Consider foods like trail mix, peanut butter and banana sandwiches, beef jerky, and other high-protein and high-energy foods.
What are the Hiking Essentials for Kids?
The hiking essentials for kids include the regular hiking essentials and a few other things. Here are a few kid-specific things to include in your hiking pack.
● Kid-friendly snacks
● Kid first-aid kit items including children’s medicines
● A hiking carrier for infants
● Brightly colored clothes
● Spare clothes
● Kids water bottles
● Kids sunblock
● Kids headlamps
There are other things you can bring along for kids to make the hike more enriching.
Consider things like walkie-talkies, a nature scavenger hunt, and kids hiking poles to make their experience more fun.
And be sure to have at least one change of clothes, especially for the little ones. They’re going to get dirty… it’s inevitable!
How Do I Avoid Getting Lost While Hiking?
Getting lost while hiking is a nightmare situation that no one ever wants to face. Here are some tips to avoid getting lost while hiking.
* Never stray from the trail. Stepping off the trail even just for a moment can cause you to get lost, so avoid this altogether.
* Bring navigation aids. Bring along (and learn to use) a paper map and compass. This can help get you reoriented if you get lost.
* Carry a Garmin InReach Mini. This device connects to a satellite network to allow you to navigate and communicate anywhere.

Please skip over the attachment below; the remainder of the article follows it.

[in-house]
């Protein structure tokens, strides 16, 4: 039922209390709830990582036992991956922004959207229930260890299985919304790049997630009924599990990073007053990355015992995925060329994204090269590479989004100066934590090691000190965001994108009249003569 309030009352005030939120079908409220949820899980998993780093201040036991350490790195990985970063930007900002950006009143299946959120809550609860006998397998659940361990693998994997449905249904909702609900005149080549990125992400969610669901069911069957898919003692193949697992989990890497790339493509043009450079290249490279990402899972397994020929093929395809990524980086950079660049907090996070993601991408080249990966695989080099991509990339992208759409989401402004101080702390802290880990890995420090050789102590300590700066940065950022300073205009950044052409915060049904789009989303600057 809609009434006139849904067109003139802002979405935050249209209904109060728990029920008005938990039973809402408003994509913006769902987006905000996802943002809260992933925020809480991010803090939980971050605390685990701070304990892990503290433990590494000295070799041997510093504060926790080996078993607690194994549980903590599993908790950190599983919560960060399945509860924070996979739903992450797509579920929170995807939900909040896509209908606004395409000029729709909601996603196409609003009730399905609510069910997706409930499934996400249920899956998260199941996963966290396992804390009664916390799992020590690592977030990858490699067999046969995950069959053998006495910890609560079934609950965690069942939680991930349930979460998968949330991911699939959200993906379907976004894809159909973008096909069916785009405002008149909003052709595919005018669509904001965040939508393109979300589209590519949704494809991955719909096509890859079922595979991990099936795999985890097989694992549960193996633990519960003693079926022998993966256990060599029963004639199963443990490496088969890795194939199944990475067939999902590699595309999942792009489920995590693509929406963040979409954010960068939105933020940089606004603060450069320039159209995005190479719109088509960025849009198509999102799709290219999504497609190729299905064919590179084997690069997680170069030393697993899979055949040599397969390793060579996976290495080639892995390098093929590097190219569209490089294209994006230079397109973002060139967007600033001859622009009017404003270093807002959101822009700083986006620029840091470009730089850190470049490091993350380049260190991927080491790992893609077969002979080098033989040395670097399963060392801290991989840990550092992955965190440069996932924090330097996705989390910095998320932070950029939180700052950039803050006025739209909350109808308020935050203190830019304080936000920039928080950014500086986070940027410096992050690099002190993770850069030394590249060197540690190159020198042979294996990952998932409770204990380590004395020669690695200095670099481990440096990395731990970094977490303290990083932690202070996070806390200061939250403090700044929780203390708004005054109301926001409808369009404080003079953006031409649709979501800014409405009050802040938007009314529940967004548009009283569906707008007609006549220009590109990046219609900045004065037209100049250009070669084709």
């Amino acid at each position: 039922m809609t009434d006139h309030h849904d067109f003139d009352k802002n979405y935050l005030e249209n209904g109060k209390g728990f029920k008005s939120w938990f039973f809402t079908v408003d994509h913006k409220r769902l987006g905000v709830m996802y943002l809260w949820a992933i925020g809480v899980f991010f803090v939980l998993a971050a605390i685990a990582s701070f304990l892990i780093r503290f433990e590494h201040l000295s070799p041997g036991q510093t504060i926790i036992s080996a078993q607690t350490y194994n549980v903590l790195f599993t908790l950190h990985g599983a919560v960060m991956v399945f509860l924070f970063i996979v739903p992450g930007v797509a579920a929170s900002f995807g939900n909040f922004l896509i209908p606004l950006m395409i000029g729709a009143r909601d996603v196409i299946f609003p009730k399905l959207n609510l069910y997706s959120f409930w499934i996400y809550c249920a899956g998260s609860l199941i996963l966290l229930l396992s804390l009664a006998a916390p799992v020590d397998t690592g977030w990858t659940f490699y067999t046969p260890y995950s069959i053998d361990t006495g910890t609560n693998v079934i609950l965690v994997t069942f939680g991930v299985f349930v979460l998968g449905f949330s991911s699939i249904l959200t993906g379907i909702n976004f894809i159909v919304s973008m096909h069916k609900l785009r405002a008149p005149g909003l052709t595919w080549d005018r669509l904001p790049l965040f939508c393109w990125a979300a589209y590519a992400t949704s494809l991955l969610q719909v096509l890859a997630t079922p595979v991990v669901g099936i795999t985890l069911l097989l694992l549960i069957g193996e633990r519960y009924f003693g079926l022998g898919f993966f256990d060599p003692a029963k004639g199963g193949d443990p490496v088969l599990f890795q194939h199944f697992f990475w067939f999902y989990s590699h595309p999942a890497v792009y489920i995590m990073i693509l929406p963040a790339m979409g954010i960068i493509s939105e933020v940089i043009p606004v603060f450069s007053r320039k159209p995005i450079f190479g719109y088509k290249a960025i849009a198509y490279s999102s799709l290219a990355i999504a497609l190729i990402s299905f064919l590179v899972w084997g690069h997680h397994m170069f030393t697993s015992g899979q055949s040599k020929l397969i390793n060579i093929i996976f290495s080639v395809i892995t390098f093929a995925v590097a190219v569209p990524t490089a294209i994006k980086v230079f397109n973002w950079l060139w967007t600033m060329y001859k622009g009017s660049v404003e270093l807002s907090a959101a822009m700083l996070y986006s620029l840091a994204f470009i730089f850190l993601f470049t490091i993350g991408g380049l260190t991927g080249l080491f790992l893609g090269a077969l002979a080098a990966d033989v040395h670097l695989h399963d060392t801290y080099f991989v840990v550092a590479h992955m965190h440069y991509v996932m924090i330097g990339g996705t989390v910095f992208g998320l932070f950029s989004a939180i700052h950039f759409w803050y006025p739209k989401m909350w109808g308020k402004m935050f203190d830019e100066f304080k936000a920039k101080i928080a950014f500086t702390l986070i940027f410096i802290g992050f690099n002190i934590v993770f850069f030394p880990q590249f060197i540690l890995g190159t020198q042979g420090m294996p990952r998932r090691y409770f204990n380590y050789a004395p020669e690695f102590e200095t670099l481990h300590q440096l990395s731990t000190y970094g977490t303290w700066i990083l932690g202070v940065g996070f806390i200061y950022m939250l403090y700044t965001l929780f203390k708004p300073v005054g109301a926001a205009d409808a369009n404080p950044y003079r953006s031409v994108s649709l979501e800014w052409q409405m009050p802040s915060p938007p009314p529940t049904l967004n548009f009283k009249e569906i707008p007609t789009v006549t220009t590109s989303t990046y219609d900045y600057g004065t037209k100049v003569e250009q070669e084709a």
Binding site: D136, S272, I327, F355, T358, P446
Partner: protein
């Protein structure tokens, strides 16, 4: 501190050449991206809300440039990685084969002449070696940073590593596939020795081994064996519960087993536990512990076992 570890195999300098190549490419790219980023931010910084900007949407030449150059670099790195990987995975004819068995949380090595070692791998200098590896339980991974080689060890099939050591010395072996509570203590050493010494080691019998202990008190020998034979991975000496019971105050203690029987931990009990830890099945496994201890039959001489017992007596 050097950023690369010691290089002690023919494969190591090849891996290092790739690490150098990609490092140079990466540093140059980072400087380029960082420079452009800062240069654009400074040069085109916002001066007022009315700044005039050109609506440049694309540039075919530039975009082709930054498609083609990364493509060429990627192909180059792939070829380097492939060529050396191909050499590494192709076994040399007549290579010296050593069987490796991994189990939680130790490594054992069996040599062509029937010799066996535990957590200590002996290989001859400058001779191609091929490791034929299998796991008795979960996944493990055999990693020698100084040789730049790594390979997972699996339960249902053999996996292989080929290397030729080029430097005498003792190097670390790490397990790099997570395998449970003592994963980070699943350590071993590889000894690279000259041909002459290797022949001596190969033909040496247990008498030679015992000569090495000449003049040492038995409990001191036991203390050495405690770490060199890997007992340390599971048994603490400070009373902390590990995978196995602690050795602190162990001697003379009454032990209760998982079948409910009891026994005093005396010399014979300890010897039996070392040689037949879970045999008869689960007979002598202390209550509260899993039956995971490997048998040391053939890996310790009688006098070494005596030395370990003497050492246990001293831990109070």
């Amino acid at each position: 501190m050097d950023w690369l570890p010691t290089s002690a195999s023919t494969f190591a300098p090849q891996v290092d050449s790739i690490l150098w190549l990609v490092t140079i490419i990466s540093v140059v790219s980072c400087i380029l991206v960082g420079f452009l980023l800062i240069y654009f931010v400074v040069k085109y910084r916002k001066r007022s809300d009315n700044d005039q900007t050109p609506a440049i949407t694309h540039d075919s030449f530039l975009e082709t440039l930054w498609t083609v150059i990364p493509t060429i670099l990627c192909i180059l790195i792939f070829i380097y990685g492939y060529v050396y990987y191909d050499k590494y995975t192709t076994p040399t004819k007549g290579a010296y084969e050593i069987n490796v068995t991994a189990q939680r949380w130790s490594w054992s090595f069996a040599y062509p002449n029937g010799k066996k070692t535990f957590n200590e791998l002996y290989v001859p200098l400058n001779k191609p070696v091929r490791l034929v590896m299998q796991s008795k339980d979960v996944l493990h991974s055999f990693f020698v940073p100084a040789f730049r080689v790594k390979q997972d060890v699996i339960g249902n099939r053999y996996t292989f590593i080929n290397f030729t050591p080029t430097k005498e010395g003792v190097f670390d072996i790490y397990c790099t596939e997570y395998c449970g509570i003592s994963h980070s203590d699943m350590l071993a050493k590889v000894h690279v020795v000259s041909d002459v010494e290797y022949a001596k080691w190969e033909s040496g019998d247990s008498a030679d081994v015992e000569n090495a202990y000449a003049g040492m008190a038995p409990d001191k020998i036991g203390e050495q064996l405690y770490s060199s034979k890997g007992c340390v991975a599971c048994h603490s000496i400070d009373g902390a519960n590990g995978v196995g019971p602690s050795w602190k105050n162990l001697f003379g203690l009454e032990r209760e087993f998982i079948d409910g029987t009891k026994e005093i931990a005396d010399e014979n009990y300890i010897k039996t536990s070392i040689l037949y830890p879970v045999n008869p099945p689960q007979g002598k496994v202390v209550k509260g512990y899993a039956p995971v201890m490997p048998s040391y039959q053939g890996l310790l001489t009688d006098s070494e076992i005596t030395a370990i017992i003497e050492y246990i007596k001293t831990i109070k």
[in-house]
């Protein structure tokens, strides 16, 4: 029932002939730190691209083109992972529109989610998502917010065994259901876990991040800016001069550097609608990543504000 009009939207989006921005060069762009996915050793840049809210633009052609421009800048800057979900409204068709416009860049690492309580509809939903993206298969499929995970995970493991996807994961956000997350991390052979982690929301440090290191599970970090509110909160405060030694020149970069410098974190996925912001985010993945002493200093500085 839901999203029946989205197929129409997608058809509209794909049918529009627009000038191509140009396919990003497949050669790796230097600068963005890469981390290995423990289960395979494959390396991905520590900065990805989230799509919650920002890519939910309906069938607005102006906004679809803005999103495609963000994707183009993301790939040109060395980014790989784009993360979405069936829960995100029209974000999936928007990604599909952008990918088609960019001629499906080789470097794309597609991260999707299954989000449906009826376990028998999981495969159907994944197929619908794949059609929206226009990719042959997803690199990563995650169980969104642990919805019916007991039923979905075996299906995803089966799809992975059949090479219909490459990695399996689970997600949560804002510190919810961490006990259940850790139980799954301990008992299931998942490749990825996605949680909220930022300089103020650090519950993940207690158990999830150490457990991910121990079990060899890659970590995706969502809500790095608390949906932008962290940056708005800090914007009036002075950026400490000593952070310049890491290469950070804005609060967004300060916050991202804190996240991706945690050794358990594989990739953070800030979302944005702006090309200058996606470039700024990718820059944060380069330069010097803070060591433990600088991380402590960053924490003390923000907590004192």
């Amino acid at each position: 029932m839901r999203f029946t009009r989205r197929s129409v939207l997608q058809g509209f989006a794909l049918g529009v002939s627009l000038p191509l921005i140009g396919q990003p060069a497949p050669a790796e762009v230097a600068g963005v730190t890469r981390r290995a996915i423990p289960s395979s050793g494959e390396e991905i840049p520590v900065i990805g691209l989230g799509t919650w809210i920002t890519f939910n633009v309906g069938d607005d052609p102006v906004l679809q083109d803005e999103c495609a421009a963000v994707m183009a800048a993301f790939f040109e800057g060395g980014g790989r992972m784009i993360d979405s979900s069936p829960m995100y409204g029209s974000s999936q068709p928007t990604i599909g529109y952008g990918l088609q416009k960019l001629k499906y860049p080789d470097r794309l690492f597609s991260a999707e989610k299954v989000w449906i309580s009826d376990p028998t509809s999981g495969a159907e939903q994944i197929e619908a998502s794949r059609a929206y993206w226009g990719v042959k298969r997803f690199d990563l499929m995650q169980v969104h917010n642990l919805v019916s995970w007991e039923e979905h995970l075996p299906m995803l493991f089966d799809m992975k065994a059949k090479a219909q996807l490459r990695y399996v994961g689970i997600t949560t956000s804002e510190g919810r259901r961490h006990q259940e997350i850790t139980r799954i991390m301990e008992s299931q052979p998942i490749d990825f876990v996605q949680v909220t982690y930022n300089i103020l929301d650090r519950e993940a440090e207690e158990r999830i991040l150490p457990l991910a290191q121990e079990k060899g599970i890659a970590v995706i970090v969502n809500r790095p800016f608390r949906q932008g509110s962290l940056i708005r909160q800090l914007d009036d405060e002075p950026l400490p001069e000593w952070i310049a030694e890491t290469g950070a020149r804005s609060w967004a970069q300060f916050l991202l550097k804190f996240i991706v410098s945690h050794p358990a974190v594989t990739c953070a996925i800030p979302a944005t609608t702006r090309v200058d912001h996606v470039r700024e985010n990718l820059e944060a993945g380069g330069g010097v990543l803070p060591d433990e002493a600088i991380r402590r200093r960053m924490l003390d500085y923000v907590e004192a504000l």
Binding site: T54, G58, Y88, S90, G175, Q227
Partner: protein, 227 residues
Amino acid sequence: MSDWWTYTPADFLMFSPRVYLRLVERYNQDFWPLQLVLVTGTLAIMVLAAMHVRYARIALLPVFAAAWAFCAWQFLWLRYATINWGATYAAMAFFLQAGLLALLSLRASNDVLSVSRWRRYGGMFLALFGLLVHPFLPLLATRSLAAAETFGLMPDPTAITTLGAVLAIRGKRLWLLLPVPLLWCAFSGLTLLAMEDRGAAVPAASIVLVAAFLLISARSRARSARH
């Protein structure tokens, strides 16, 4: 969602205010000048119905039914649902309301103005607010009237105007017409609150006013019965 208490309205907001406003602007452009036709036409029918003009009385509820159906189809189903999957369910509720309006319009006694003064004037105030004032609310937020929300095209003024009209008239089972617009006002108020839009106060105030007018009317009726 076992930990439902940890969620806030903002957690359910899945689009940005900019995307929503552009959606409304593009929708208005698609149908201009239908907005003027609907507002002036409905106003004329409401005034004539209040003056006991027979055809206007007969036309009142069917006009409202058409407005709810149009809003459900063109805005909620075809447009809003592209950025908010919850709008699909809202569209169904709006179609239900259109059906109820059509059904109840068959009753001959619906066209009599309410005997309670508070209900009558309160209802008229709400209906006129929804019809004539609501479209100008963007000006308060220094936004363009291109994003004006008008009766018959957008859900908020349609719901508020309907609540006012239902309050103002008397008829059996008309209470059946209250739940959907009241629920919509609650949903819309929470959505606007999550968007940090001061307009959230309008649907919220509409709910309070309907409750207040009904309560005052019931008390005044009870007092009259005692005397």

* Familiarize yourself with the trail beforehand. Read online reviews and trail descriptions to know what landmarks and trail markers to look for.
Being prepared, knowing how to read trail markers, and knowing how to read a map are all essential to avoid getting lost on a trail.
Getting started with hiking is an exciting time. And as you can see from this article, you really don’t need a lot to hit the trails prepared!
Be sure to have the 13 hiking essentials no matter how short of a hike you plan to take.
These essentials will ensure you’re prepared for any situation, weather event or emergency.
In addition to the hiking essentials, check the weather multiple times and be sure that you’re wearing the proper clothing materials.
If you’re going with a group, don’t count on other members of your hiking party to prepare for you. Prepare on your own and bring your own items.
Bringing the right gear and wearing the proper clothing is important, but you should also know your limits.
Be honest with yourself and your physical fitness levels. If you’re unsure, stick to an easy, short hiking trail at first and build up from there.
Hiking isn’t an expensive hobby. You don’t need much to get started. The most expensive essentials will likely be your shoes and backpack.
Everything else can be found, sourced or put together from stuff at home for cheap or free. Get your essentials together and hit the trails today!